When my cohort over at Guitar World/Acoustic Nation, Pauline France, published her online missive, "Things Women Who Play Guitar Are Tired of Hearing—and What You Should Say Instead," I could certainly understand and support why something like this needs to be said.
But I was still sad that she felt she had to write it.
Evolved humanoids always want things to change for the better, and, in the case of the arts, for worthy creators to be supported, rather than torn down and criticized. Unfortunately, in the guitar community, overwhelming support for the artistry, tone, and technique of other guitarists — whether male, female, canine, or alien — is kind of a myth.
Guitarists often brutally eviscerate other players' product-demo videos, lesson videos, and musical works. Whatever someone puts out, someone else is more than happy to call it crap. As some GP readers know, a couple of months back, I was devastated by the vicious comments leveled at a 10-year-old boy performing a heartfelt YouTube tribute to B.B. King that had been posted on our Facebook page. Yeah—a child. THAT's how mean this community can get.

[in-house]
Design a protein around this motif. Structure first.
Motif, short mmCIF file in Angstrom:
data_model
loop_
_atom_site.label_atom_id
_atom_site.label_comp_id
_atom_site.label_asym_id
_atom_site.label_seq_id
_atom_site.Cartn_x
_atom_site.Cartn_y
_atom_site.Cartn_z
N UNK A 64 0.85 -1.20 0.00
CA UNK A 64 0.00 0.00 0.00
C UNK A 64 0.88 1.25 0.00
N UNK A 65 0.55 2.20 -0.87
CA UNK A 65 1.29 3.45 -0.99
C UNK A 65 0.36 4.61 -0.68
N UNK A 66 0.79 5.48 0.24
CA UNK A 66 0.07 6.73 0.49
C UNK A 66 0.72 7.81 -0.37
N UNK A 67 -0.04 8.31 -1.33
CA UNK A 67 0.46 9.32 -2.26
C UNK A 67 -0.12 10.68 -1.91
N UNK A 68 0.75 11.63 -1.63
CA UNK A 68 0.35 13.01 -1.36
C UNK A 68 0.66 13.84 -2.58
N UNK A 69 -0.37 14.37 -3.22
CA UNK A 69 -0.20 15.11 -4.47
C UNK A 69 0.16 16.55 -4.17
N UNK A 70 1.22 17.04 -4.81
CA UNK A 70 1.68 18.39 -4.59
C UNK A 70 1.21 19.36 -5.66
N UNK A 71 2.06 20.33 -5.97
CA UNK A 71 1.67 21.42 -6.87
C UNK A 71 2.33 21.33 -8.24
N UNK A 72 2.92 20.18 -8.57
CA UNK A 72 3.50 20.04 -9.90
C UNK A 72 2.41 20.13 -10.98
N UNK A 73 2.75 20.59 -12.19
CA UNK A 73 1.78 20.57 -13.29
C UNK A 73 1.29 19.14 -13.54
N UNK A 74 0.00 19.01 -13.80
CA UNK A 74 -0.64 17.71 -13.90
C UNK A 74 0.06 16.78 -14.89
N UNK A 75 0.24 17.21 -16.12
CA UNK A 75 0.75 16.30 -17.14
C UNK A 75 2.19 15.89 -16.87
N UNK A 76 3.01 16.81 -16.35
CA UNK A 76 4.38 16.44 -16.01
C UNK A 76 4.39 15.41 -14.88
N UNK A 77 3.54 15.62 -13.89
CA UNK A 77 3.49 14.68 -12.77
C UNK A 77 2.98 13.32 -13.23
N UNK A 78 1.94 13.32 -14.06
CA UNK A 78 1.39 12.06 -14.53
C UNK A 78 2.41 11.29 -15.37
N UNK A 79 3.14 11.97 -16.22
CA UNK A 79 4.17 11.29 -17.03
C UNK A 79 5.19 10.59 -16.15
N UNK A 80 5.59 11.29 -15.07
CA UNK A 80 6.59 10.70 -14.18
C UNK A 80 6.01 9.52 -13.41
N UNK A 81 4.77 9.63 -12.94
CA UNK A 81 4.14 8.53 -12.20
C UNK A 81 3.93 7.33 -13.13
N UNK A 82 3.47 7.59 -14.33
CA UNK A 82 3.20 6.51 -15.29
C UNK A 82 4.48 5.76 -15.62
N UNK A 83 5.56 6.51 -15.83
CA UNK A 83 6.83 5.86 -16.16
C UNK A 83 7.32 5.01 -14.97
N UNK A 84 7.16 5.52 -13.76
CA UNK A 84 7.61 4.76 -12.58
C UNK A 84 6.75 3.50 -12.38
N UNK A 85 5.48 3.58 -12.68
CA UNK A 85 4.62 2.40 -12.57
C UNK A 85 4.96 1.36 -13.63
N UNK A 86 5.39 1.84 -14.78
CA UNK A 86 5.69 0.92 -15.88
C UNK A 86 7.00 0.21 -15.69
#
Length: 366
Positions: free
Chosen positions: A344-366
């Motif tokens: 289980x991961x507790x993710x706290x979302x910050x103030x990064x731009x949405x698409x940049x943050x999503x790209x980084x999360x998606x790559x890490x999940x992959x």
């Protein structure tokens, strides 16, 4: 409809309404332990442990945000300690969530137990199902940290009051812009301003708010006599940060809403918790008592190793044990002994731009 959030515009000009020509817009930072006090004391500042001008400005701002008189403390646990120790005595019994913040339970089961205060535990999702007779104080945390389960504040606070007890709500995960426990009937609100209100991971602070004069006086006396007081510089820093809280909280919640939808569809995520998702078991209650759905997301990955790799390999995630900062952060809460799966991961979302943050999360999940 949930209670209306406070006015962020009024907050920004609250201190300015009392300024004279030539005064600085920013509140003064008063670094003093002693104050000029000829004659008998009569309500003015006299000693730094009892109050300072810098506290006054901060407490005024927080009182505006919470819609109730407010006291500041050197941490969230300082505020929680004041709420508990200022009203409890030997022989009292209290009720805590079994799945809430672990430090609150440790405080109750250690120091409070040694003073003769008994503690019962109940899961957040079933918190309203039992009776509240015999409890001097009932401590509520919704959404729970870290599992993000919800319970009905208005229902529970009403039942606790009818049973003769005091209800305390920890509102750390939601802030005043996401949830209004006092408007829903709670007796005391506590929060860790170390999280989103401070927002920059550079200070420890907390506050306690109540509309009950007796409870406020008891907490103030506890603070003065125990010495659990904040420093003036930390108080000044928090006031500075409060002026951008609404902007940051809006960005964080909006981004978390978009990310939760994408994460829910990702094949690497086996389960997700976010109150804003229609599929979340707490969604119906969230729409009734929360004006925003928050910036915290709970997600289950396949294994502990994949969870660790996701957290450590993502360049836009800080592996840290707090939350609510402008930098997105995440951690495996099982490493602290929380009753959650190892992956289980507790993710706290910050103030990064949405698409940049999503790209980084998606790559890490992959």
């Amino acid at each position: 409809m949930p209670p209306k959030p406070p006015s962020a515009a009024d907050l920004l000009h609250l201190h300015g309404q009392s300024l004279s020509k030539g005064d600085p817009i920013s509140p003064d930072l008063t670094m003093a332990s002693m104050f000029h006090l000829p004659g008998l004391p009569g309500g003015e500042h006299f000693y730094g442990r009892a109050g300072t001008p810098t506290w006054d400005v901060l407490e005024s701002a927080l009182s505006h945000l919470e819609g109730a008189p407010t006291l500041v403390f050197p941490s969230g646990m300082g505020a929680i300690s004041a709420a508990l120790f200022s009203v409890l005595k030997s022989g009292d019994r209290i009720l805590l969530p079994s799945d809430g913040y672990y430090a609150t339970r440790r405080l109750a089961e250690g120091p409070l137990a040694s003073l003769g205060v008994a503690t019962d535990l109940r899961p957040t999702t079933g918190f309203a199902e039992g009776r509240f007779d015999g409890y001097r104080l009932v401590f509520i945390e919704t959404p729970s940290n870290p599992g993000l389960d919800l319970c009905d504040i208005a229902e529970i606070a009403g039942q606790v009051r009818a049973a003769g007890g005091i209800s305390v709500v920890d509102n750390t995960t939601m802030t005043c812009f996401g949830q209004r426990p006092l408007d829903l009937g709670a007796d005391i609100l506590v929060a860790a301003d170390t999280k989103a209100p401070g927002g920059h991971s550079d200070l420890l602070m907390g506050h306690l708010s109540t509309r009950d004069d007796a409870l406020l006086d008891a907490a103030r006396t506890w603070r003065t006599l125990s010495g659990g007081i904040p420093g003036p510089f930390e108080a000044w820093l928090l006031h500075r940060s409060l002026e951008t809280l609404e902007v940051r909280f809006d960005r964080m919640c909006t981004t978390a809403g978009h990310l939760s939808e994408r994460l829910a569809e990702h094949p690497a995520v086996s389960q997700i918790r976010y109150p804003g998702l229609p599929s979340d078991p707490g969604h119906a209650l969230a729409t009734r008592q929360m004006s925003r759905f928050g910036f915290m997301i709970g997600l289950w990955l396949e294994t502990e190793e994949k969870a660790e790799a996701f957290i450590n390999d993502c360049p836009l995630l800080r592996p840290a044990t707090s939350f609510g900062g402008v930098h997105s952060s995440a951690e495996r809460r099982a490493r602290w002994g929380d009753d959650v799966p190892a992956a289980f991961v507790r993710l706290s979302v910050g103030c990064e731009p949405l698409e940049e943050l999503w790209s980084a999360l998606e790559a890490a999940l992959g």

Now, the question of whether women can be awesome guitar players has, happily, never really been a thing to consider or debate at GP. We started covering male and female guitarists of all styles back in 1967, and we've never stopped. The staff has always tried to respect ALL players — from blues musicians to punks to rabid experimentalists — with as much objectivity as humanly possible. The staff has never consciously patronized female players, or put them on a pedestal. We simply see everyone as "players worthy of coverage," or "players not yet ready for coverage." We focus on the GUITAR and the MUSIC—not pop culture or fashion, and certainly not sex, race, religion, creed, or favorite football team.
But I get Pauline's frustration: Men said say stupid things to female guitarists. No argument. Sexism is simply not ready to go the way of the dinosaurs yet. Sigh.
And yet, it's not that men don't also say stupid things to male guitarists. They do.
So here's the awful truth: When you choose the guitar, practice your chops, and step into the public arena, you need to be strong, fearless, and be ready to be criticized or even ridiculed. I wish it wasn't so, but that's the way it is.
Perhaps someday the guitar community will strike a comfortable balance between haters, constructive critics, and supporters. I hope so, because I want EVERYONE to enjoy playing guitar. I want MORE and MORE guitarists out there, spreading the roar and evolving tones, compositions, techniques, and gear.
What I DON'T WANT are potential players, newbies, hobbyists, and aspiring professionals to fear the guitar, and therefore put it down and walk away from it, because the community surrounding the guitar it is so scary and awful and frightening and just not supportive at all.
It takes some humanity, understanding, and grace to build an arena of encouragement for artists. It can be done. You might say I'm a dreamer...